My 2c's
  19. Roger Sessions on .Net vs J2EE[ Go to top ]

    Very biased....some interesting points.

    Correct points:
    - Need for more standardization among J2EE vendors.
    - Need for more benchmarks of any kind
    - .NET tools easier to use
    - ASP.NET is a good technology
    - Both platforms lock you in to a single vendor
    - J2EE is still very new technology (as is .NET)

    Incorrect (massively) points:
    - .NET as "proven platform"
    - J2EE performance assumptions (50% of existing specs)
    - Training people on Java will be more expensive than training people on .NET. The real issue in the training is object-orient programming techniques, not the language choice.

    I think we'll just have to see how .NET comes out - I'll be very curious to look at Beta 2.

    Oh, and someone else in another thread said "SOAP? Who's using this?" Well, we've done 2 integration projects since the beginning of the year between different sites and the technology was SOAP. And it wasn't us who pushed the technology - each of the companies we were talking to had already done an implementation.

    My 2 cents....

    Damian
  20. Aren't we all in some way or another biased? When is someone unbiased? The situation in my company is such that choosing for J2EE is very evident but I can imagine that there are situations that u consider the use of a WinDNA/.Net architecture. Reading the J2EE vs .Net I think all writers are in some way or another biased. All opinions have to be placed in some kind of validation context (the situation in my company is such and so and based on such and so I choose to use or I advise to use technology such and so). Almost always the context is not provided, only the result.....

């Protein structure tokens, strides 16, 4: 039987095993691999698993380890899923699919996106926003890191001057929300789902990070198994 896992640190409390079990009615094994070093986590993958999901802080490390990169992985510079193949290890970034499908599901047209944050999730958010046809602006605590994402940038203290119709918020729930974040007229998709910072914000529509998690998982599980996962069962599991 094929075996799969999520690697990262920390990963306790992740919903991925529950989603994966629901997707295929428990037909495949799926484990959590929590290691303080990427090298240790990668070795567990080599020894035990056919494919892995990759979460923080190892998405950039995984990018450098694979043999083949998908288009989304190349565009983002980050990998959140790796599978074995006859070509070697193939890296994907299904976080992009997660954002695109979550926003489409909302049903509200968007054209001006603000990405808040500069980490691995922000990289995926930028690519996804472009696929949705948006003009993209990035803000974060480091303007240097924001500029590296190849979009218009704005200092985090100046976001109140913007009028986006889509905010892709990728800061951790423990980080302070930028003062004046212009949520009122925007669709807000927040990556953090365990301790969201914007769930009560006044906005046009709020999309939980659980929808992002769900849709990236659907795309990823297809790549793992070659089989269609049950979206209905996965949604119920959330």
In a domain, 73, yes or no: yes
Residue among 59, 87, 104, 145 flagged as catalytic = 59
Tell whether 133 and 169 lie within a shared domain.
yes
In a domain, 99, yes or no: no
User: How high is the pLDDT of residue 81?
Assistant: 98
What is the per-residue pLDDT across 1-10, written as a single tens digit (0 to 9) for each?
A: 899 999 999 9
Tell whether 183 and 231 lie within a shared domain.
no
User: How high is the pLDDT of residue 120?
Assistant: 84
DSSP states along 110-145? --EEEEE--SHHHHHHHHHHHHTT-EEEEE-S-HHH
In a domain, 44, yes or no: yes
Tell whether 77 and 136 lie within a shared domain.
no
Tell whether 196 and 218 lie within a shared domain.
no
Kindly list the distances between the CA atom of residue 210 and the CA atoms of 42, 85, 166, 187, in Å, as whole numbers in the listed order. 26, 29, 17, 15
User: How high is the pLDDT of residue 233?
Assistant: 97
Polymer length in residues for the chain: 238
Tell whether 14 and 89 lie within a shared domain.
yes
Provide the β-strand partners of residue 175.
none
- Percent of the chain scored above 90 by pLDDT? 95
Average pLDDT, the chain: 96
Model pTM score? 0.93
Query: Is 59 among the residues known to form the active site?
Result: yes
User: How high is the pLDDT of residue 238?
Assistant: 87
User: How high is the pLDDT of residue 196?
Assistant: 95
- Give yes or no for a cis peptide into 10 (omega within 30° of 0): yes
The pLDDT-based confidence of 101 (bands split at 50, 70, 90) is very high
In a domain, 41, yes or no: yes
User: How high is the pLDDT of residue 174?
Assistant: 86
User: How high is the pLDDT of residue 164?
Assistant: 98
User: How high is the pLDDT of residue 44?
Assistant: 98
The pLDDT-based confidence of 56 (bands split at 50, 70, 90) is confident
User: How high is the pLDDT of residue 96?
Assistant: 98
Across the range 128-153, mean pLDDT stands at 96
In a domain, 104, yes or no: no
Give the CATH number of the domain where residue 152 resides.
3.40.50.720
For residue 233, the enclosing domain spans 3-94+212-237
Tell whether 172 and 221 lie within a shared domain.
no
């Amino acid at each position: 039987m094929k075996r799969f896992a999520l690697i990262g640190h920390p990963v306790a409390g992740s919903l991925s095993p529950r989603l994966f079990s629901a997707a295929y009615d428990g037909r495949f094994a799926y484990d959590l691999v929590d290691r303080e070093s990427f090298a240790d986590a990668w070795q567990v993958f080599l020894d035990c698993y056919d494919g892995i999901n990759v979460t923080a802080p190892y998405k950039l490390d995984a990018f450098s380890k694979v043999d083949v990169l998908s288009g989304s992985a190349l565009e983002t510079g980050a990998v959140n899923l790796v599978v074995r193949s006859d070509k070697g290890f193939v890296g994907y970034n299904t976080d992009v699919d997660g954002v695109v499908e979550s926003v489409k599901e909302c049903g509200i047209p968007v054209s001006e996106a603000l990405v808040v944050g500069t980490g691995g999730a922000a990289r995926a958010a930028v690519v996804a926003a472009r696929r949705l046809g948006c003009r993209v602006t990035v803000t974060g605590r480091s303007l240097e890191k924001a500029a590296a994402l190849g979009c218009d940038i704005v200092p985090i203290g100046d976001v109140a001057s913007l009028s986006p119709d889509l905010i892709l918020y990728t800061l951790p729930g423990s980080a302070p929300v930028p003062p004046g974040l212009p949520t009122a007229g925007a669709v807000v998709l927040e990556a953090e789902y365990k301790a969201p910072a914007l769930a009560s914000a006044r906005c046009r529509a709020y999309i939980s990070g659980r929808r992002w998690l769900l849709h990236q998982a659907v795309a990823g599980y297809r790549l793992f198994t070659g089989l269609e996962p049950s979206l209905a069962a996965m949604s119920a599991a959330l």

21. Roger Sessions on .Net vs J2EE[ Go to top ]

    Someone asked it previously, but does it really take a UNIX/RISC platform for J2EE to be competive against .NET?

    Does anyone have any idea of what the 'tpmC' and 'Total Sys. Cost' columns would contain when using the same Company / System as used for .NET?

    The comparison should only reflect a difference of the competing "application frameworks" -- ie, OSes, DBMS, hardware, etc. should be the same... otherwise, we are just snuggling up to "proprietary" systems, protocols, etc.

    These comparisons should use hardware, products and feature sets that are available to all competitors. Yes there are proprietary back door ways of doing things to gain speed and other advantages, but as far as comparing apples-to-apples, what is the value of allowing such an implementation?

    Maybe the nature of the comparison just yields a smaller set of comparable areas -- but isn't this more valuable than trying to compare test results from totally dissimilar offerings?

    My 2 cents...
  22. Roger Sessions on .Net vs J2EE[ Go to top ]

    The problem I've always had with TPC + J2EE has been that TPC is mainly about database+hardware vendors milking performance out of their hardware using 90% tuned C code and some generally unrealistic partitioning schemes.

    J2EE on the other hand is more about developer productivity and fostering a marketplace of servers based on Java. It's less about performance (otherwise why aren't we doing things in COBOL?)

    As for Roger, I've given up on him years ago. The .NET/COM+ team at my company even thinks some of his comments are rather dubious (.NET is mature? COM+ still has a *ton* of issues outstanding...)

    I'd like to see benchmarks not only to compare servers but to see how much performance is -really- lost when going to an object/relational CMP mapper, depending on the product.

    Stu
  23. I agree with your comments on J2EE, it's about developers not about performance right now but the marketing unfortunately gives a different impression and people swallow it, using J2EE makes your application scalable. You as always need to design for scalability, you never get it for free unless you're very lucky.